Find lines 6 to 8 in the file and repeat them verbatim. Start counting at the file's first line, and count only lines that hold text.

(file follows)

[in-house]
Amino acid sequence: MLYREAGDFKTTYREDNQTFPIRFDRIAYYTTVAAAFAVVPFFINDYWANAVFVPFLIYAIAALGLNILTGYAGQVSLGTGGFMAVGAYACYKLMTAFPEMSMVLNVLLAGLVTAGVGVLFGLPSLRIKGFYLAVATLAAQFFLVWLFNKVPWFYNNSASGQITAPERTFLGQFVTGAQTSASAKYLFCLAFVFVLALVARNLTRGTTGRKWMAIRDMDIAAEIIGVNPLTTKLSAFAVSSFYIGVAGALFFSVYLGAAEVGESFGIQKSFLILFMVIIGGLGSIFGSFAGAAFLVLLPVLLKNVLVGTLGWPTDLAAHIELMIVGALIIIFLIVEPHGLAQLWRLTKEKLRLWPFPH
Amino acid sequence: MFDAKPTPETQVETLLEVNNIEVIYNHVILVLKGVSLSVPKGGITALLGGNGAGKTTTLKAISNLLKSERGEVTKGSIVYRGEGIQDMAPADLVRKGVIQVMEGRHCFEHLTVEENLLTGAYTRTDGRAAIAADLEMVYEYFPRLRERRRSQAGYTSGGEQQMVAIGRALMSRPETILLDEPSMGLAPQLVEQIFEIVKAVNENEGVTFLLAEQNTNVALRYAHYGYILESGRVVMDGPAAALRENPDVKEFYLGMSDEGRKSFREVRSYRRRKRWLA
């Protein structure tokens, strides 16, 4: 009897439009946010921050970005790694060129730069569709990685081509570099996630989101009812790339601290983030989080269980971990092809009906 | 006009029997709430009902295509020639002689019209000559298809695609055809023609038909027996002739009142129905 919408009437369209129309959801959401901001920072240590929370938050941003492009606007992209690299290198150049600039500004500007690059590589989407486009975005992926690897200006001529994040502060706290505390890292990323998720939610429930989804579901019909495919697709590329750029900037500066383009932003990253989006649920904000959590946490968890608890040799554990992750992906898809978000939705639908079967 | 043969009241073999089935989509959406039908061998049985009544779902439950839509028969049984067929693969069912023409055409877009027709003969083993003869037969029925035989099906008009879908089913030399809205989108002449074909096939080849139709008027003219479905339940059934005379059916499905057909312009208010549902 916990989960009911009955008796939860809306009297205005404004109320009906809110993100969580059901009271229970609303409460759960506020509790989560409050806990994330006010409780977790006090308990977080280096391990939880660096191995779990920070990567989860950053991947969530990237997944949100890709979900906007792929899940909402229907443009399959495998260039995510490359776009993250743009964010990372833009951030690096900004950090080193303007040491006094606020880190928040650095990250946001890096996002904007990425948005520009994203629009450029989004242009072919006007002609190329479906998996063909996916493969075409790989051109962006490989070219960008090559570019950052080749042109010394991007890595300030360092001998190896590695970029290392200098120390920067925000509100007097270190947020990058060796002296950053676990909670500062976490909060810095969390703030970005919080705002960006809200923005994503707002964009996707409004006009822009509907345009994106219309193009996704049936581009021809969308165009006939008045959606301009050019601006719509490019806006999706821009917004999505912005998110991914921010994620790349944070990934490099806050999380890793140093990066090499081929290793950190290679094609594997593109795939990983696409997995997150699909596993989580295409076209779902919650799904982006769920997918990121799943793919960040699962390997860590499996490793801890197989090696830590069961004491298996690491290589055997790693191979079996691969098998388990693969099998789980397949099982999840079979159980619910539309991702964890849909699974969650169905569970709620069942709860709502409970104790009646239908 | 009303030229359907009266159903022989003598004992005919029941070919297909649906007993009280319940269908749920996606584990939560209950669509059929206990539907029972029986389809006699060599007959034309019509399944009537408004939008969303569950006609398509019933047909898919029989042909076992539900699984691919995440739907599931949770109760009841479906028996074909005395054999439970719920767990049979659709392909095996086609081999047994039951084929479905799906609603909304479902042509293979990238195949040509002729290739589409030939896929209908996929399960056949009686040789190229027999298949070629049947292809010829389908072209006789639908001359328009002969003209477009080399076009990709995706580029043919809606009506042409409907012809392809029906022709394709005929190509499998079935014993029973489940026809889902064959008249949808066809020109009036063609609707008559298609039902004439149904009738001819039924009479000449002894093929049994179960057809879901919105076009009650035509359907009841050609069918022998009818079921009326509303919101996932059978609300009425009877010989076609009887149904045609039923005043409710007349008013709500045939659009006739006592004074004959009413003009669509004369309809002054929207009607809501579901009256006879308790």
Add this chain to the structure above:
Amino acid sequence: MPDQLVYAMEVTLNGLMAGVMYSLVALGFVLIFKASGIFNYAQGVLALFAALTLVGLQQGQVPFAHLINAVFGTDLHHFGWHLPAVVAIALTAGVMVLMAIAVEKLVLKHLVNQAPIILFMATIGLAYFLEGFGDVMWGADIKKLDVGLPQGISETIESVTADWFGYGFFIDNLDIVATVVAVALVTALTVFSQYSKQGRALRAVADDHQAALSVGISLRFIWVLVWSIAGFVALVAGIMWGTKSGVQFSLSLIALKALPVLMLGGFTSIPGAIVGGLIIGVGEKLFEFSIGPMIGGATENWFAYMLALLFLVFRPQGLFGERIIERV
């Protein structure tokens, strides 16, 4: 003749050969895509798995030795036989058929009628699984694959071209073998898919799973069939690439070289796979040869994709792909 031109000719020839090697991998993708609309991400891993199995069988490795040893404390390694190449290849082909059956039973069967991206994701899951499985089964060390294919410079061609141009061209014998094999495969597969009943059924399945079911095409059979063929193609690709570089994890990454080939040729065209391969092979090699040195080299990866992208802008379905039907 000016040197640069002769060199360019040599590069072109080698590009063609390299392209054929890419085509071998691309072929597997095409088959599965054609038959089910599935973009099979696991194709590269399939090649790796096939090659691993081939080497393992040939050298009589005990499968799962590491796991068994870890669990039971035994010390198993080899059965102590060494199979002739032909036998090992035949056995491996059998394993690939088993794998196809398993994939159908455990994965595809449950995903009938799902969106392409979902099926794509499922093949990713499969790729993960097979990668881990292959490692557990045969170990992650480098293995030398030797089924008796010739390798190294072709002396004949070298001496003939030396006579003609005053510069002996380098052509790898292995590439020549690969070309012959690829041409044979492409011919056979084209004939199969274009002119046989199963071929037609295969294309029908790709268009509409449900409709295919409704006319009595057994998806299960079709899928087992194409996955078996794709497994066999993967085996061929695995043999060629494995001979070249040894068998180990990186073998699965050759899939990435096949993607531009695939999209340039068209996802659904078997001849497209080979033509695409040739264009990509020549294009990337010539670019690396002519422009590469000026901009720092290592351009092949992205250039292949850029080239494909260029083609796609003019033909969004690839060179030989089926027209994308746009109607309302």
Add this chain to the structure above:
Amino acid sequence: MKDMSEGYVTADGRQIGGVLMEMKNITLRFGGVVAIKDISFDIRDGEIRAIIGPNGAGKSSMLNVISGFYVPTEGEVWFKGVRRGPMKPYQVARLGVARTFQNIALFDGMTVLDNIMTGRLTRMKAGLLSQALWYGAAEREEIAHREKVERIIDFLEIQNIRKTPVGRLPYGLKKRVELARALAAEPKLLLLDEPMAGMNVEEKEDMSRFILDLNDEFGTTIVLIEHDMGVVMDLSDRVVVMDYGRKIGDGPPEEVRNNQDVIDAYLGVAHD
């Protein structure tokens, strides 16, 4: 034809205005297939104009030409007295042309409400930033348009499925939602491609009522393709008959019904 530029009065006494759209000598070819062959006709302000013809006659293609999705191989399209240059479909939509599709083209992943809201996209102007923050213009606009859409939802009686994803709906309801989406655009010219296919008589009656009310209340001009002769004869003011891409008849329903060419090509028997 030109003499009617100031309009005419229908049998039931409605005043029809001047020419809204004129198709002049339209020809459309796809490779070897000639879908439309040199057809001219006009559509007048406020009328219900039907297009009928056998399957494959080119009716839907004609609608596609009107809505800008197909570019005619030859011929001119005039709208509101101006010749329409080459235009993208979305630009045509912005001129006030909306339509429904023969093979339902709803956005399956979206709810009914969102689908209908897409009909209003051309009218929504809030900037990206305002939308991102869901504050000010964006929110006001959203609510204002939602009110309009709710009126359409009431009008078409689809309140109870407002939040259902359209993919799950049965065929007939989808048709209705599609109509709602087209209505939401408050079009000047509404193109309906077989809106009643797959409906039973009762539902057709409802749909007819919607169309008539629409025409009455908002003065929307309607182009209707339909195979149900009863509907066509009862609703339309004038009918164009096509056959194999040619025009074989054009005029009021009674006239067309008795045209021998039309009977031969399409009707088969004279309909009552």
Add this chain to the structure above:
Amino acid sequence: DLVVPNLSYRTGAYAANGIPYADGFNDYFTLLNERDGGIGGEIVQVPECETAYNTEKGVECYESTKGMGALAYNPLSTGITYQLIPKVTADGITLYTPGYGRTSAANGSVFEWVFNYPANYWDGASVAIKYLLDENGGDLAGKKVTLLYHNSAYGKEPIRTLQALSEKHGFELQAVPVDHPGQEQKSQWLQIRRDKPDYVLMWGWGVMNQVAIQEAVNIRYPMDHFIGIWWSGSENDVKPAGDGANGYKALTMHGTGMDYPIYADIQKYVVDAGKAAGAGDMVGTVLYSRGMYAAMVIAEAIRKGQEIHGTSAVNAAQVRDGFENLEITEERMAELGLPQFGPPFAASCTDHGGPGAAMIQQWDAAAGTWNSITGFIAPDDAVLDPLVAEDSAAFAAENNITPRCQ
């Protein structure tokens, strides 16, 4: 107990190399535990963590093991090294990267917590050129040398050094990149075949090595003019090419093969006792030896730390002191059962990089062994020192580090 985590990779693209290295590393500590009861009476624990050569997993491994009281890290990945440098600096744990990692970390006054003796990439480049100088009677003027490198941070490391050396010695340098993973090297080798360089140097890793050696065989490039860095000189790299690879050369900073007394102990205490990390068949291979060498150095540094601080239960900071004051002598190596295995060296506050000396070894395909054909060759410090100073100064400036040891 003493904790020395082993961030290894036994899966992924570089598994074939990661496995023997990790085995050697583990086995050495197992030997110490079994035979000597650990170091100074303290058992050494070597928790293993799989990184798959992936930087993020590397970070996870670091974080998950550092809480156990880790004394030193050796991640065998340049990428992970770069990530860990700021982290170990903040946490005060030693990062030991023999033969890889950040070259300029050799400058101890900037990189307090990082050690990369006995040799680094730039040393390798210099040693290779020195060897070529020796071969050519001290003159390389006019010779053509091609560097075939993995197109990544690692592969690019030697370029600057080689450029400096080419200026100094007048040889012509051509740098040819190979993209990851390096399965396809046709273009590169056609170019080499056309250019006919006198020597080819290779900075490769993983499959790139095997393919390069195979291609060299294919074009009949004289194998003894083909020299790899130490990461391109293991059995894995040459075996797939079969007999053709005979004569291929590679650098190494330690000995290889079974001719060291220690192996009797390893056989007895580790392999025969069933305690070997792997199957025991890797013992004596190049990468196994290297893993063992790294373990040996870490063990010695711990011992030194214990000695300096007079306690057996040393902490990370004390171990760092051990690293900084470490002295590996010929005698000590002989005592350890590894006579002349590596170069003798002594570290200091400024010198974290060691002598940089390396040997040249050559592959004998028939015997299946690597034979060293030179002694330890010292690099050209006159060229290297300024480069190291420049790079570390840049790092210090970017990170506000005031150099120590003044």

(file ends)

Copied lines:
Amino acid sequence: MPDQLVYAMEVTLNGLMAGVMYSLVALGFVLIFKASGIFNYAQGVLALFAALTLVGLQQGQVPFAHLINAVFGTDLHHFGWHLPAVVAIALTAGVMVLMAIAVEKLVLKHLVNQAPIILFMATIGLAYFLEGFGDVMWGADIKKLDVGLPQGISETIESVTADWFGYGFFIDNLDIVATVVAVALVTALTVFSQYSKQGRALRAVADDHQAALSVGISLRFIWVLVWSIAGFVALVAGIMWGTKSGVQFSLSLIALKALPVLMLGGFTSIPGAIVGGLIIGVGEKLFEFSIGPMIGGATENWFAYMLALLFLVFRPQGLFGERIIERV
């Protein structure tokens, strides 16, 4: 003749050969895509798995030795036989058929009628699984694959071209073998898919799973069939690439070289796979040869994709792909 031109000719020839090697991998993708609309991400891993199995069988490795040893404390390694190449290849082909059956039973069967991206994701899951499985089964060390294919410079061609141009061209014998094999495969597969009943059924399945079911095409059979063929193609690709570089994890990454080939040729065209391969092979090699040195080299990866992208802008379905039907 000016040197640069002769060199360019040599590069072109080698590009063609390299392209054929890419085509071998691309072929597997095409088959599965054609038959089910599935973009099979696991194709590269399939090649790796096939090659691993081939080497393992040939050298009589005990499968799962590491796991068994870890669990039971035994010390198993080899059965102590060494199979002739032909036998090992035949056995491996059998394993690939088993794998196809398993994939159908455990994965595809449950995903009938799902969106392409979902099926794509499922093949990713499969790729993960097979990668881990292959490692557990045969170990992650480098293995030398030797089924008796010739390798190294072709002396004949070298001496003939030396006579003609005053510069002996380098052509790898292995590439020549690969070309012959690829041409044979492409011919056979084209004939199969274009002119046989199963071929037609295969294309029908790709268009509409449900409709295919409704006319009595057994998806299960079709899928087992194409996955078996794709497994066999993967085996061929695995043999060629494995001979070249040894068998180990990186073998699965050759899939990435096949993607531009695939999209340039068209996802659904078997001849497209080979033509695409040739264009990509020549294009990337010539670019690396002519422009590469000026901009720092290592351009092949992205250039292949850029080239494909260029083609796609003019033909969004690839060179030989089926027209994308746009109607309302």
Add this chain to the structure above: